l. 49 Flats and Bars] fixed cards and loaded dice with which to cheat
ll. 49–50 take up goods. . . Fathers] to take promissory notes on an heir's inheritance and charge a huge fee on the father's death
l. 52 the better of the lay] to increase the stakes or wager
l. 56 any thing] The 1690 edition repeats the words.
l. 59 she] The 1690 edition reads 'shs'.
l. 67 Character] handwriting
l. 79 bought from the Ship] Many immigrants had the cost of their passage paid on arrival by someone needing a servant, for whom they would then work without wages until they had paid off the cost of their fare and keep. Convicts and the poor were often auctioned to bidders. Colonel Ranter had bought the woman he later married.
l. 82 Gallant] fine and amorous
l. 101 new Governours] Sir William Berkeley was the governor during Bacon's Rebellion. When he was recalled in 1677, the newly appointed governor Lord Colepeper was reluctant to set off for Virginia. When he did arrive, Colepeper stayed only for a short time, then returned to England. When ordered back, Colepeper spent a year without moving from England; he was then removed from the post. Whilst in England, he ruled Virginia through deputies.
l. 107 Ruled by a Councill] The colony of Virginia followed English models for its institutions. The executive was vested in a governor appointed by the crown and assisted by a council and an assembly of burgesses. The councillors, who held many of the most lucrative offices, were appointed by the governor; the burgesses were elected by freeholders.
l. 108 transported Criminals] men and women legally condemned to exile in a colony
ll. 109–10 Places of Authority] The English were outraged at the upstart nature of men who sat in the administrative bodies of Virginia and the confounding of ranks that was possible so far from Britain. As early as 1618, one observer wrote, 'our cowkeepers here of James citty on Sundays goes accoutered all in fresh flaming silke and a wife of one than in England had professed the black art not of a scholler but of a collier in Croyden weares her rough bever hatt with a faire perle hatband, and a silken suite. . . '.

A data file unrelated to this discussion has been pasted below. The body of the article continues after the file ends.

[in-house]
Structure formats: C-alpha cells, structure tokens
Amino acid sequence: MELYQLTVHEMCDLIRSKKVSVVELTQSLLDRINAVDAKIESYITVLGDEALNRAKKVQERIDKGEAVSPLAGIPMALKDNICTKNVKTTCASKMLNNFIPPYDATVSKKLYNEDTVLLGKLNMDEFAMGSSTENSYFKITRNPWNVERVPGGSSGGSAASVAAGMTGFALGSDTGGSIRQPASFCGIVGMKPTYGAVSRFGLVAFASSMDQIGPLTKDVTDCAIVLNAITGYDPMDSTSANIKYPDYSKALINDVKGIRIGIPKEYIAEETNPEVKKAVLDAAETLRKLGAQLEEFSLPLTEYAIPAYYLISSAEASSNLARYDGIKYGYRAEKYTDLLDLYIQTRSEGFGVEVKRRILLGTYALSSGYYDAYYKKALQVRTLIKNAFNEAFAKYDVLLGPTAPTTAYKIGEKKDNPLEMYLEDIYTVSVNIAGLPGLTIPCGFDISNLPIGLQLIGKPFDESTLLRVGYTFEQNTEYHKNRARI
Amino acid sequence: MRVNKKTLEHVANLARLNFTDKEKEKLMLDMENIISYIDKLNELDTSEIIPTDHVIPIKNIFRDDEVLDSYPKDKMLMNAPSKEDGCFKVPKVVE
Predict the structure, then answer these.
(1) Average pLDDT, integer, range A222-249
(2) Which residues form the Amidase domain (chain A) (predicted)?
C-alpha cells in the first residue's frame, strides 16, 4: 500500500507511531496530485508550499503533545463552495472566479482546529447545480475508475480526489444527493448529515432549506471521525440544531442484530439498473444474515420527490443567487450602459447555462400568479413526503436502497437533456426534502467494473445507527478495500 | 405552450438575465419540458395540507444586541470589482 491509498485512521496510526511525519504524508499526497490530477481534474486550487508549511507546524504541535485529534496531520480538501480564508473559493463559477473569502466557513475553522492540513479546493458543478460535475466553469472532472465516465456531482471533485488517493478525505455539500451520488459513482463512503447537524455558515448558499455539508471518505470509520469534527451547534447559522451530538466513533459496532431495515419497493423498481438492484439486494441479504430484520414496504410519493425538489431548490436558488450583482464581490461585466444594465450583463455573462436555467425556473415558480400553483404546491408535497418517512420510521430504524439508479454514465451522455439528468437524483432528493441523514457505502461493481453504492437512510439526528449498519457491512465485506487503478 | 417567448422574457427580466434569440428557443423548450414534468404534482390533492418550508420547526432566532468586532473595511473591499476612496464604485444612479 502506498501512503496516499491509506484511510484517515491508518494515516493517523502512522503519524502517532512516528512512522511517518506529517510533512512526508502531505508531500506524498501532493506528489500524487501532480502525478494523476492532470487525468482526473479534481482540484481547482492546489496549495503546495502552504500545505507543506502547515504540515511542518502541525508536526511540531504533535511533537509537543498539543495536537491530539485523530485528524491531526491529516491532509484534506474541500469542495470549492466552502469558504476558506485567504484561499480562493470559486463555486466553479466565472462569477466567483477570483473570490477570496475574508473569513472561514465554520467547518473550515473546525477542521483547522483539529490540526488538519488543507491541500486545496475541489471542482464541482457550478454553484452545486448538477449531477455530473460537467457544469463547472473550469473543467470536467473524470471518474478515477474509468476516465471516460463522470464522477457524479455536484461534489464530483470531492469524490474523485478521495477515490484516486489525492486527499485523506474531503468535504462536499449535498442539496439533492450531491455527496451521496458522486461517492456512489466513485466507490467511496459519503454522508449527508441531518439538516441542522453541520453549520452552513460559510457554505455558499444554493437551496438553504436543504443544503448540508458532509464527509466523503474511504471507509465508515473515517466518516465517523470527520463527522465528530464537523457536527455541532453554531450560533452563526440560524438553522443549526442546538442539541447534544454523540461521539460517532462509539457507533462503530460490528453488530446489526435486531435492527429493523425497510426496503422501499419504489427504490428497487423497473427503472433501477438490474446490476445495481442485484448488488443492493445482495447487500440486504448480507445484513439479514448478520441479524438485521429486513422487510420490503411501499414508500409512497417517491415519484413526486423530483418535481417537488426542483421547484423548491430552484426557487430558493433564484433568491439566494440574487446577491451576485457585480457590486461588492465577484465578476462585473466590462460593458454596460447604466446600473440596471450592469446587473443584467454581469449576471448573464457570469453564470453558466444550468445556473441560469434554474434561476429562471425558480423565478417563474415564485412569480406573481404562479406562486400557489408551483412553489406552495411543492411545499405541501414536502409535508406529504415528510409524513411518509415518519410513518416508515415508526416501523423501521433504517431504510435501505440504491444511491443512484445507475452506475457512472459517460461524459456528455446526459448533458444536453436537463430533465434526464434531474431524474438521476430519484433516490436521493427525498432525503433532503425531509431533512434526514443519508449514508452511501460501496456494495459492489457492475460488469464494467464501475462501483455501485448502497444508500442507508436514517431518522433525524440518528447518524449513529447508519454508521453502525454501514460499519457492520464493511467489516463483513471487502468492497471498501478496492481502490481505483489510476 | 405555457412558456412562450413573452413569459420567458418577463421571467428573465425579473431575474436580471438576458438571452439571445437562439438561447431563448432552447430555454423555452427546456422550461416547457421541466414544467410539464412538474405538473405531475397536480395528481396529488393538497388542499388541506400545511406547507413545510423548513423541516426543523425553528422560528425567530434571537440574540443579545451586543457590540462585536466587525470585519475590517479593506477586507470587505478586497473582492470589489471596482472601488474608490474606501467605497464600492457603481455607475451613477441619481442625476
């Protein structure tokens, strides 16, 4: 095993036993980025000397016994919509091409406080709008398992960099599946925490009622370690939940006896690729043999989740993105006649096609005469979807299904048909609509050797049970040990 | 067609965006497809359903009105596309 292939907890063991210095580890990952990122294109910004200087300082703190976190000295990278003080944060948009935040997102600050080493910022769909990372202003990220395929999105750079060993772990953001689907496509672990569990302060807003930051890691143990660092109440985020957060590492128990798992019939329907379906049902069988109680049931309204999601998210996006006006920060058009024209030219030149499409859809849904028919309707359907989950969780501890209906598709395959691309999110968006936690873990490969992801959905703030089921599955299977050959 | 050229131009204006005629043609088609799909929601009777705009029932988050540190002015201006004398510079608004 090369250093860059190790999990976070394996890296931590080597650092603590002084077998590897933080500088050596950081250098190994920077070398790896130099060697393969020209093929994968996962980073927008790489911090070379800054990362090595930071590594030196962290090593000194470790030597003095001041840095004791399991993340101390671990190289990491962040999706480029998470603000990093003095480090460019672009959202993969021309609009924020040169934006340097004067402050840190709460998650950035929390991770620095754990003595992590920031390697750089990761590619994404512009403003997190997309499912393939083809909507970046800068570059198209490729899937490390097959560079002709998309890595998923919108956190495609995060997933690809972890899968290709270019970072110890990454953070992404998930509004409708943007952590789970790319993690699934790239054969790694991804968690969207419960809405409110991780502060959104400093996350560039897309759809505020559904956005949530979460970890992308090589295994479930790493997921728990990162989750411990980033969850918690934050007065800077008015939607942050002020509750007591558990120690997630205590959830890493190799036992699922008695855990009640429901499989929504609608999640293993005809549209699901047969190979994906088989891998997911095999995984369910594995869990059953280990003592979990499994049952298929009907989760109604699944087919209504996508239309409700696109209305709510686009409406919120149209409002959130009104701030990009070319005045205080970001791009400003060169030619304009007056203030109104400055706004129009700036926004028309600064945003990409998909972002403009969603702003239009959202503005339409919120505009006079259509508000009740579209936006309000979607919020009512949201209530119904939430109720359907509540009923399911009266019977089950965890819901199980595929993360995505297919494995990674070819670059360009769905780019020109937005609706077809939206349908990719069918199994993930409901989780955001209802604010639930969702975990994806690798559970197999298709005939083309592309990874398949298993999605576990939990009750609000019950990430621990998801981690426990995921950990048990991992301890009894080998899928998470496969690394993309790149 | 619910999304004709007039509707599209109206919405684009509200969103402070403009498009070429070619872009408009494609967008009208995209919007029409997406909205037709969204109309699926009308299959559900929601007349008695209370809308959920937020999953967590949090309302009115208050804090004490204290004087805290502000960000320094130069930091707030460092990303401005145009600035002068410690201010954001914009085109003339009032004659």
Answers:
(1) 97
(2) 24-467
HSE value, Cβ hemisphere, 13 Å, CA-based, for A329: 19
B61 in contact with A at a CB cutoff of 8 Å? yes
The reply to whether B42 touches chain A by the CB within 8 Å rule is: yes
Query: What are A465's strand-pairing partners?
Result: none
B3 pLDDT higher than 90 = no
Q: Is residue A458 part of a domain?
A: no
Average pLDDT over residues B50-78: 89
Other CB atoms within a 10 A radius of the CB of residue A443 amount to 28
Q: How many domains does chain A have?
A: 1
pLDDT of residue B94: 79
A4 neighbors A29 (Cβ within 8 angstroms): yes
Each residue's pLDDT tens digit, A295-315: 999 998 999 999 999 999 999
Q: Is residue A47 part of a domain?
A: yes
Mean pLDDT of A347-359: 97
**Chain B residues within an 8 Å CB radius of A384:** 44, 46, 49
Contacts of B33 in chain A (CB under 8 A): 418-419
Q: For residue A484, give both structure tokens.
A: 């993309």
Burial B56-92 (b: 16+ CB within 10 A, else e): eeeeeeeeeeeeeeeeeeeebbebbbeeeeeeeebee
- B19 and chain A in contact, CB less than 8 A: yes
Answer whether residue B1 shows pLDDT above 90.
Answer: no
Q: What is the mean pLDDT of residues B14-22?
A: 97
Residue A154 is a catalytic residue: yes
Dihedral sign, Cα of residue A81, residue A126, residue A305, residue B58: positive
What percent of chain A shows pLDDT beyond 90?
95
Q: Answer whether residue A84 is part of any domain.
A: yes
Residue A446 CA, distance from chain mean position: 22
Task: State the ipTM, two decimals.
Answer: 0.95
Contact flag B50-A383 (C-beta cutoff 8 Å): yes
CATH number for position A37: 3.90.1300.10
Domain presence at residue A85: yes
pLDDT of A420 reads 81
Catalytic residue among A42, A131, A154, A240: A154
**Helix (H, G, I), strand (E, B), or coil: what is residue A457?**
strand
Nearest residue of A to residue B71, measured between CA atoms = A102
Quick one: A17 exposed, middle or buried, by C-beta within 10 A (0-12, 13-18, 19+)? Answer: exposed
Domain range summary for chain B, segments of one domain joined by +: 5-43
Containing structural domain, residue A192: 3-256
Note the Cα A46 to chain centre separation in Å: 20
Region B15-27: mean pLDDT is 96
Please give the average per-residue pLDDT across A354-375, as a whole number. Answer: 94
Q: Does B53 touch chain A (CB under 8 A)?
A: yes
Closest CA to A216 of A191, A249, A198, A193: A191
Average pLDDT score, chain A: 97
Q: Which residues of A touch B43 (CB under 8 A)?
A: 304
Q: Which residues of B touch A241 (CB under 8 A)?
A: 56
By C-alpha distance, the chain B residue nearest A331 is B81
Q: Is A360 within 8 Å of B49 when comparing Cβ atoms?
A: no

l. 111 take upon 'em] accept responsibilities of a status
l. 118 Alexander. . . Romulus] The exploits, whether historical or mythical, of Alexander the Great in conquering lands from the Mediterranean to India, and of Romulus in founding Rome, were well-known to seventeenth-century readers from North's translation of Plutarch's Lives of the Noble Grecians and Romans (1597).
ll. 144–6 Madams. . . Mistris] 'Madam' was used as a matter of courtesy to a woman of some social standing, whether married or not. 'Mistris' implied a lower social status. Although Virginians traditionally see themselves as descendants of cavaliers, the bulk of the early settlers who came in the seventeenth pg 453century were either felons and indentured servants or from the middling and lower ranks. They brought ideas of social rank from England. One of the elements in Bacon's Manifesto was that a few people of poor 'Extraction and 'vile' education had improperly risen to great wealth and prominence in the colony. The 1690 edition reads 'Mistrls'.
l. 152 Nants] brandy from the town of Nantes in France
l. 155 us] The 1690 edition reads 'ns'. The whole text is marked by upside down and sideways letters.
l. 156 petticoat] petticoat tails or dry tea biscuits. Also metonymy for women.
l. 159 shier-Brandy] undiluted
l. 161 Paulter] sham or false
l. 161 English French wine] English wine pretending to be a French import
l. 176 Hoggerds] This could either be a contraction of hogherds, i.e. swineherds, or hoggets, young boars.